And I think that it's about time that I shared some more of my thoughts here. One of the main things that I have been struck by in this last year is the importance of taking personal responsibility. Therapists don't cure patients. We are more like teachers and guides than we are like shamans or even medical doctors. We guide, we encourage, we even correct people when they are about to walk off of a cliff. But ultimately, we don't heal or cure. We each have to take the curative steps for ourselves. One of the problems, however, is that oftentimes, patients are so lost, they don't know what those steps are. And that's where the therapist comes in. So step one is that the therapist clarifies what steps need to be taken.
The therapist also clarifies and simplifies. I have often mused about how confused I would be if I was not a psychologist and had a mental health problem. I could imagine myself in front of a row of books at Barnes and Noble wondering which one to read. Or I could see myself looking through the Yellow Pages wondering which therapist to call. And even if I did buy an appropriate book, it would be doubtful that I would be able to stay with what it was recommending. So the therapist clarifies what is important. He/she does this partly by simplifying and leaving out the least important theoretical understandings.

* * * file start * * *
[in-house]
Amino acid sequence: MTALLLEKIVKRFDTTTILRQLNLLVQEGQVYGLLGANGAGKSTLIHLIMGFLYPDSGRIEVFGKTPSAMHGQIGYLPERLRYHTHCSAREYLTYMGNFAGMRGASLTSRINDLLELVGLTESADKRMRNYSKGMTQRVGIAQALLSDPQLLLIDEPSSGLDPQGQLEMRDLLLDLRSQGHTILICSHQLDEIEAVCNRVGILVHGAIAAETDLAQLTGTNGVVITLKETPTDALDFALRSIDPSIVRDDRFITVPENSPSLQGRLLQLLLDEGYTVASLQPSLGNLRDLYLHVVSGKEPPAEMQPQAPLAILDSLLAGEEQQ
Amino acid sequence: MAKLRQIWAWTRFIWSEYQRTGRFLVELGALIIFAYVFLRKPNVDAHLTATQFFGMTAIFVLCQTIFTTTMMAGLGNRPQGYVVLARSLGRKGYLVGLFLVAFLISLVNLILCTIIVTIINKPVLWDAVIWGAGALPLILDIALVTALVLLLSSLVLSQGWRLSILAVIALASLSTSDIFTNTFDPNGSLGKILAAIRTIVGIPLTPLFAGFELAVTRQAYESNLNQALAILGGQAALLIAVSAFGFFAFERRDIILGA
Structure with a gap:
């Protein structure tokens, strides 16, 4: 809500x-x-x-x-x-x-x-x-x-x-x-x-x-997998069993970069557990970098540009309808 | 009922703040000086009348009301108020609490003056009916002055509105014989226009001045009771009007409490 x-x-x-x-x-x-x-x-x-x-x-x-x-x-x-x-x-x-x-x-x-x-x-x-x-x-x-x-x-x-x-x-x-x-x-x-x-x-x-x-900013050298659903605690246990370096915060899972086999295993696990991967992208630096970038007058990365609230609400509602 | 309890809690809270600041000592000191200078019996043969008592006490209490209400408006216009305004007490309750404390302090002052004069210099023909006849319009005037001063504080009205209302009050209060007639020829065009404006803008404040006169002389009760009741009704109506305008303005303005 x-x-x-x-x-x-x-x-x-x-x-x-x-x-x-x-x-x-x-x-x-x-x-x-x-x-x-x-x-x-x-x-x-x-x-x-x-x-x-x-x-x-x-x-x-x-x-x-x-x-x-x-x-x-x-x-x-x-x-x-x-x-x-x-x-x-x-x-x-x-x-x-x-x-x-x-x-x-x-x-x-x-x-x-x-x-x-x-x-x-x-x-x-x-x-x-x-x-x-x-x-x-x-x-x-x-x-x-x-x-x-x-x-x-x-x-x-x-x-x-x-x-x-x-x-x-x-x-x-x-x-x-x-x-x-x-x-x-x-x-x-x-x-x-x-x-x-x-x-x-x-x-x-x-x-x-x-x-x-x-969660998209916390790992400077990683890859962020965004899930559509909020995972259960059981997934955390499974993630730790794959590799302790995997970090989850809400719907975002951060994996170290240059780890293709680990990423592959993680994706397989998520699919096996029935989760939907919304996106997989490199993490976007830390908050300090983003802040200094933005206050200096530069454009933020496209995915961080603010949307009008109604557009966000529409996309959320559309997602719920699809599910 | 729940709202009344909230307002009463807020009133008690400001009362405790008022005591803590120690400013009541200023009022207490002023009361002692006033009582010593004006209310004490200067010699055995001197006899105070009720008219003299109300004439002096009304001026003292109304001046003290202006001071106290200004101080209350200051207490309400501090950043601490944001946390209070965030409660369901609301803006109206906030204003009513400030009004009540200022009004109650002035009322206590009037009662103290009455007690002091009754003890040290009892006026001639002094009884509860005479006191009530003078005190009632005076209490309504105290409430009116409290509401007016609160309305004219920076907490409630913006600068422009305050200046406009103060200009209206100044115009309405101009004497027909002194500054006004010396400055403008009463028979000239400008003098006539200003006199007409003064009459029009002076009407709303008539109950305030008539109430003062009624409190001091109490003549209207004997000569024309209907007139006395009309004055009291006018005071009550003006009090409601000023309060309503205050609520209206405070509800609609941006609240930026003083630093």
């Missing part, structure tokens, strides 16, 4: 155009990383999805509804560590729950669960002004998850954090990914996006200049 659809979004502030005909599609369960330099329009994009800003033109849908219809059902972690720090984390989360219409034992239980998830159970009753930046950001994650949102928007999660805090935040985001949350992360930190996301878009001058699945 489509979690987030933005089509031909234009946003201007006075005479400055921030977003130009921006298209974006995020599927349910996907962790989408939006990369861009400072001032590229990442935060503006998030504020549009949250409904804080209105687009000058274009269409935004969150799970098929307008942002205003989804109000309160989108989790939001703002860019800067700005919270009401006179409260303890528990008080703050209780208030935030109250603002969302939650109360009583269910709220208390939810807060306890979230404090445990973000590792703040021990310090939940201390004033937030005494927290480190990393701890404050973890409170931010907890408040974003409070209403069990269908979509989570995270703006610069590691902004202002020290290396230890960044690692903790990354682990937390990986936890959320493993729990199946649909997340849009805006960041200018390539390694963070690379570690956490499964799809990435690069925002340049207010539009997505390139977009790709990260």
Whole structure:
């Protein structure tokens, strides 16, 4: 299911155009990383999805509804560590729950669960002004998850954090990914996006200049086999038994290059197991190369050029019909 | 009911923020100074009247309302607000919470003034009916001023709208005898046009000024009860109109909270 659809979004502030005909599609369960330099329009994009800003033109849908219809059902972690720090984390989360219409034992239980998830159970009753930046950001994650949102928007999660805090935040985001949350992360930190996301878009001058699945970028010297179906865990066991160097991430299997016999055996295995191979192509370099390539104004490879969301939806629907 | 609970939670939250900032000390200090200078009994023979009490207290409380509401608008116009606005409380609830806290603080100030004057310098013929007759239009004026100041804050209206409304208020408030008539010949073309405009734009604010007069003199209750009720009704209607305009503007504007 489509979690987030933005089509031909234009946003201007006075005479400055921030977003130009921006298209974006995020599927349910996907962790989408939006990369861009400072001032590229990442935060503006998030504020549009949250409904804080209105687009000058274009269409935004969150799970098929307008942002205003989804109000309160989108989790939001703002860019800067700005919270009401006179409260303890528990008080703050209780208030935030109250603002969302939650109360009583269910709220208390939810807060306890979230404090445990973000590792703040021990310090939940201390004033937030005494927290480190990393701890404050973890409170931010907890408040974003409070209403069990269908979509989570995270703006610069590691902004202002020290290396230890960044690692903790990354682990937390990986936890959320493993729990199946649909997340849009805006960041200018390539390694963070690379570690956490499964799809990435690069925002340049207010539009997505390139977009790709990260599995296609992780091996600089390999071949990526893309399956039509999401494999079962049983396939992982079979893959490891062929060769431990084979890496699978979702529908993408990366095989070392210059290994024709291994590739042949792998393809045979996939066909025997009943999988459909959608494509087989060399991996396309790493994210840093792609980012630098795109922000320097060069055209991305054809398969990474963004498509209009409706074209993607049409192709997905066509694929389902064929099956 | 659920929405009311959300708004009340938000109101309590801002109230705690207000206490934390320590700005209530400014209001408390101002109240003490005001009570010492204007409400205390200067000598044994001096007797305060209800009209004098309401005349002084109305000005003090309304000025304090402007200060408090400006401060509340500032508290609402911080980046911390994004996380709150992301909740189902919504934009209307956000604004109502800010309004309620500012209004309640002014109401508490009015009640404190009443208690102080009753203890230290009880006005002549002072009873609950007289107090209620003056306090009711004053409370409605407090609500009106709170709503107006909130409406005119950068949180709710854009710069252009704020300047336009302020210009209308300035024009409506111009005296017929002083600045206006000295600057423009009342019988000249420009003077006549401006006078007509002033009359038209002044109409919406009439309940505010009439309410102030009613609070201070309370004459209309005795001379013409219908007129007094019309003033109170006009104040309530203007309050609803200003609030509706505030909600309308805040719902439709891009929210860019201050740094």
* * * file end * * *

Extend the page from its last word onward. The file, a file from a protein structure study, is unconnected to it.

And the therapist encourages. That's how people stay with things. Encouragement from a teacher. It is very difficult for any of us to teach ourselves. I have a jazz piano teacher. And I have an oil painting teacher. For all of the above reasons--to clarify, to simply, and to encourage. But ultimately, I have to practice and practice and practice. I would never expect that they could just magically make me into a good artist or jazz pianist just because I show up and pay them money. But I think that sometimes clients think that will happen. Effort, practice, thought, mistakes, persistence, and so on, are all part of the process.